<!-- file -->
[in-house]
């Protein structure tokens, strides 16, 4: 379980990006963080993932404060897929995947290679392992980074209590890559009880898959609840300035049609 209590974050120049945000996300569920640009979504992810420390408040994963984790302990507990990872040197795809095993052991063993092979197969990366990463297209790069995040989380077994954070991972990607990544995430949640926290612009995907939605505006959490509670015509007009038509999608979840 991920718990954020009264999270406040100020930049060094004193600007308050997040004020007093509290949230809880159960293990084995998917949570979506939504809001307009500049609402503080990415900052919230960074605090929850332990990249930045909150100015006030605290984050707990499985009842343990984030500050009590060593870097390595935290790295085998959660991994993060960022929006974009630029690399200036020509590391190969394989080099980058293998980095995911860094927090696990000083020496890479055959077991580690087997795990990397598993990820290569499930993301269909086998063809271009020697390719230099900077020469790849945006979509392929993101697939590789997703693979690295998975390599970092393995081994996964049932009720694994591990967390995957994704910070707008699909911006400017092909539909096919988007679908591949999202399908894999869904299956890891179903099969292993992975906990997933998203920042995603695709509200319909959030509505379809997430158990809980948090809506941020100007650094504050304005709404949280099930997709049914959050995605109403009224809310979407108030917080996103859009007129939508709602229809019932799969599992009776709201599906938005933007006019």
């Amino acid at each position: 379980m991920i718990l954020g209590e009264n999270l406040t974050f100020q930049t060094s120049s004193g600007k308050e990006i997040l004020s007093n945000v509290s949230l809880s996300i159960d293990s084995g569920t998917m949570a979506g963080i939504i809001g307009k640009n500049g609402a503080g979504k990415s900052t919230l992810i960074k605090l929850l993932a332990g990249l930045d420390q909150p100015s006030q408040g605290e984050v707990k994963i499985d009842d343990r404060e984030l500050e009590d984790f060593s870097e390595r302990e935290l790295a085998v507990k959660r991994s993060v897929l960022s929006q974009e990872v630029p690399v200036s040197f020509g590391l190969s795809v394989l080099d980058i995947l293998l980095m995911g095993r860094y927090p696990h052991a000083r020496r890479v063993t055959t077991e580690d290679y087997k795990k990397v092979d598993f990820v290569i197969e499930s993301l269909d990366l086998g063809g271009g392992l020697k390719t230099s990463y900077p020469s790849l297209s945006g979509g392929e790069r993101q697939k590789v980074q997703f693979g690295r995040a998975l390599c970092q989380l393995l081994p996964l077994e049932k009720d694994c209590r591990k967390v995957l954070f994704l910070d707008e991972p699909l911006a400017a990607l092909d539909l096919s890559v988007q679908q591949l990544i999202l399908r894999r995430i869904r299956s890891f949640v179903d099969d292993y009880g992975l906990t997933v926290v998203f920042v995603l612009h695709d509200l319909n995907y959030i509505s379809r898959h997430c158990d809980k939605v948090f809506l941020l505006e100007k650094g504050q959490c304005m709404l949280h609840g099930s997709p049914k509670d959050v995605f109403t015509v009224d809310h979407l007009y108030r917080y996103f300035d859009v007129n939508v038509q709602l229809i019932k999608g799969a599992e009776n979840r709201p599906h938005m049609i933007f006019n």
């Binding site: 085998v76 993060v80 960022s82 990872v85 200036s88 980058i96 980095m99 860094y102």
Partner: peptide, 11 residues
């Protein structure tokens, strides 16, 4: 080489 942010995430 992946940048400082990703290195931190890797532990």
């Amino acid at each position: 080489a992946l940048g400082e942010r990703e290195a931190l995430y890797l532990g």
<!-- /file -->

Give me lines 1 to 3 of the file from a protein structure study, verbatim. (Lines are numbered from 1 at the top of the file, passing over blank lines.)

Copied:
[in-house]
């Protein structure tokens, strides 16, 4: 379980990006963080993932404060897929995947290679392992980074209590890559009880898959609840300035049609 209590974050120049945000996300569920640009979504992810420390408040994963984790302990507990990872040197795809095993052991063993092979197969990366990463297209790069995040989380077994954070991972990607990544995430949640926290612009995907939605505006959490509670015509007009038509999608979840 991920718990954020009264999270406040100020930049060094004193600007308050997040004020007093509290949230809880159960293990084995998917949570979506939504809001307009500049609402503080990415900052919230960074605090929850332990990249930045909150100015006030605290984050707990499985009842343990984030500050009590060593870097390595935290790295085998959660991994993060960022929006974009630029690399200036020509590391190969394989080099980058293998980095995911860094927090696990000083020496890479055959077991580690087997795990990397598993990820290569499930993301269909086998063809271009020697390719230099900077020469790849945006979509392929993101697939590789997703693979690295998975390599970092393995081994996964049932009720694994591990967390995957994704910070707008699909911006400017092909539909096919988007679908591949999202399908894999869904299956890891179903099969292993992975906990997933998203920042995603695709509200319909959030509505379809997430158990809980948090809506941020100007650094504050304005709404949280099930997709049914959050995605109403009224809310979407108030917080996103859009007129939508709602229809019932799969599992009776709201599906938005933007006019």
């Amino acid at each position: 379980m991920i718990l954020g209590e009264n999270l406040t974050f100020q930049t060094s120049s004193g600007k308050e990006i997040l004020s007093n945000v509290s949230l809880s996300i159960d293990s084995g569920t998917m949570a979506g963080i939504i809001g307009k640009n500049g609402a503080g979504k990415s900052t919230l992810i960074k605090l929850l993932a332990g990249l930045d420390q909150p100015s006030q408040g605290e984050v707990k994963i499985d009842d343990r404060e984030l500050e009590d984790f060593s870097e390595r302990e935290l790295a085998v507990k959660r991994s993060v897929l960022s929006q974009e990872v630029p690399v200036s040197f020509g590391l190969s795809v394989l080099d980058i995947l293998l980095m995911g095993r860094y927090p696990h052991a000083r020496r890479v063993t055959t077991e580690d290679y087997k795990k990397v092979d598993f990820v290569i197969e499930s993301l269909d990366l086998g063809g271009g392992l020697k390719t230099s990463y900077p020469s790849l297209s945006g979509g392929e790069r993101q697939k590789v980074q997703f693979g690295r995040a998975l390599c970092q989380l393995l081994p996964l077994e049932k009720d694994c209590r591990k967390v995957l954070f994704l910070d707008e991972p699909l911006a400017a990607l092909d539909l096919s890559v988007q679908q591949l990544i999202l399908r894999r995430i869904r299956s890891f949640v179903d099969d292993y009880g992975l906990t997933v926290v998203f920042v995603l612009h695709d509200l319909n995907y959030i509505s379809r898959h997430c158990d809980k939605v948090f809506l941020l505006e100007k650094g504050q959490c304005m709404l949280h609840g099930s997709p049914k509670d959050v995605f109403t015509v009224d809310h979407l007009y108030r917080y996103f300035d859009v007129n939508v038509q709602l229809i019932k999608g799969a599992e009776n979840r709201p599906h938005m049609i933007f006019n």